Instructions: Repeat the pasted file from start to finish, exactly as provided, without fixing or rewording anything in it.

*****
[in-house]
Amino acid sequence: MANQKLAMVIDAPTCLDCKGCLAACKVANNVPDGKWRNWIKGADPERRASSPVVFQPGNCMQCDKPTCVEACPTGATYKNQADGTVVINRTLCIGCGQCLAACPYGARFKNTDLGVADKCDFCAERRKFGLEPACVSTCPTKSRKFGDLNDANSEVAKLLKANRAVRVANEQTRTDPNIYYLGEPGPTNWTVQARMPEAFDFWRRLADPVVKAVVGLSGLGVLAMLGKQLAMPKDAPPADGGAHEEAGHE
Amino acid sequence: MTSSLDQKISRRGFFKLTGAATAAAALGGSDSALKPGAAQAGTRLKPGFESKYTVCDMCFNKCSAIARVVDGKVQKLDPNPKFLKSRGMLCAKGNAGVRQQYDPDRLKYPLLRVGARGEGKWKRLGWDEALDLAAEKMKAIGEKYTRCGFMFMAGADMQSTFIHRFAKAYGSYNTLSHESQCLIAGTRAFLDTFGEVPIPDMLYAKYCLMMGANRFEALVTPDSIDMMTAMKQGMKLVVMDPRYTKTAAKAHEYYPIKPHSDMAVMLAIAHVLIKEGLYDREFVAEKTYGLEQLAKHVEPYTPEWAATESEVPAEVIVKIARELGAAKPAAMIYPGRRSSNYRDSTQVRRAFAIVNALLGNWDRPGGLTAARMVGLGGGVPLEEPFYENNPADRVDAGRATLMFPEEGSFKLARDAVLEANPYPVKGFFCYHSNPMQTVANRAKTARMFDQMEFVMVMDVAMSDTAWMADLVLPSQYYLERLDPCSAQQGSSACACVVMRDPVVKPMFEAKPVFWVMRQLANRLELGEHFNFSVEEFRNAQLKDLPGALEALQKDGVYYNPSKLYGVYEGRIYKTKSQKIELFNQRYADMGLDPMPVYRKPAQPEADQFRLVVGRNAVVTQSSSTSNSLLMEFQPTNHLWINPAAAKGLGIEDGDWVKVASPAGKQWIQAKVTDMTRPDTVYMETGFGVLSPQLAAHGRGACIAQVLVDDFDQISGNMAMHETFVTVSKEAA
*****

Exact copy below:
[in-house]
Amino acid sequence: MANQKLAMVIDAPTCLDCKGCLAACKVANNVPDGKWRNWIKGADPERRASSPVVFQPGNCMQCDKPTCVEACPTGATYKNQADGTVVINRTLCIGCGQCLAACPYGARFKNTDLGVADKCDFCAERRKFGLEPACVSTCPTKSRKFGDLNDANSEVAKLLKANRAVRVANEQTRTDPNIYYLGEPGPTNWTVQARMPEAFDFWRRLADPVVKAVVGLSGLGVLAMLGKQLAMPKDAPPADGGAHEEAGHE
Amino acid sequence: MTSSLDQKISRRGFFKLTGAATAAAALGGSDSALKPGAAQAGTRLKPGFESKYTVCDMCFNKCSAIARVVDGKVQKLDPNPKFLKSRGMLCAKGNAGVRQQYDPDRLKYPLLRVGARGEGKWKRLGWDEALDLAAEKMKAIGEKYTRCGFMFMAGADMQSTFIHRFAKAYGSYNTLSHESQCLIAGTRAFLDTFGEVPIPDMLYAKYCLMMGANRFEALVTPDSIDMMTAMKQGMKLVVMDPRYTKTAAKAHEYYPIKPHSDMAVMLAIAHVLIKEGLYDREFVAEKTYGLEQLAKHVEPYTPEWAATESEVPAEVIVKIARELGAAKPAAMIYPGRRSSNYRDSTQVRRAFAIVNALLGNWDRPGGLTAARMVGLGGGVPLEEPFYENNPADRVDAGRATLMFPEEGSFKLARDAVLEANPYPVKGFFCYHSNPMQTVANRAKTARMFDQMEFVMVMDVAMSDTAWMADLVLPSQYYLERLDPCSAQQGSSACACVVMRDPVVKPMFEAKPVFWVMRQLANRLELGEHFNFSVEEFRNAQLKDLPGALEALQKDGVYYNPSKLYGVYEGRIYKTKSQKIELFNQRYADMGLDPMPVYRKPAQPEADQFRLVVGRNAVVTQSSSTSNSLLMEFQPTNHLWINPAAAKGLGIEDGDWVKVASPAGKQWIQAKVTDMTRPDTVYMETGFGVLSPQLAAHGRGACIAQVLVDDFDQISGNMAMHETFVTVSKEAA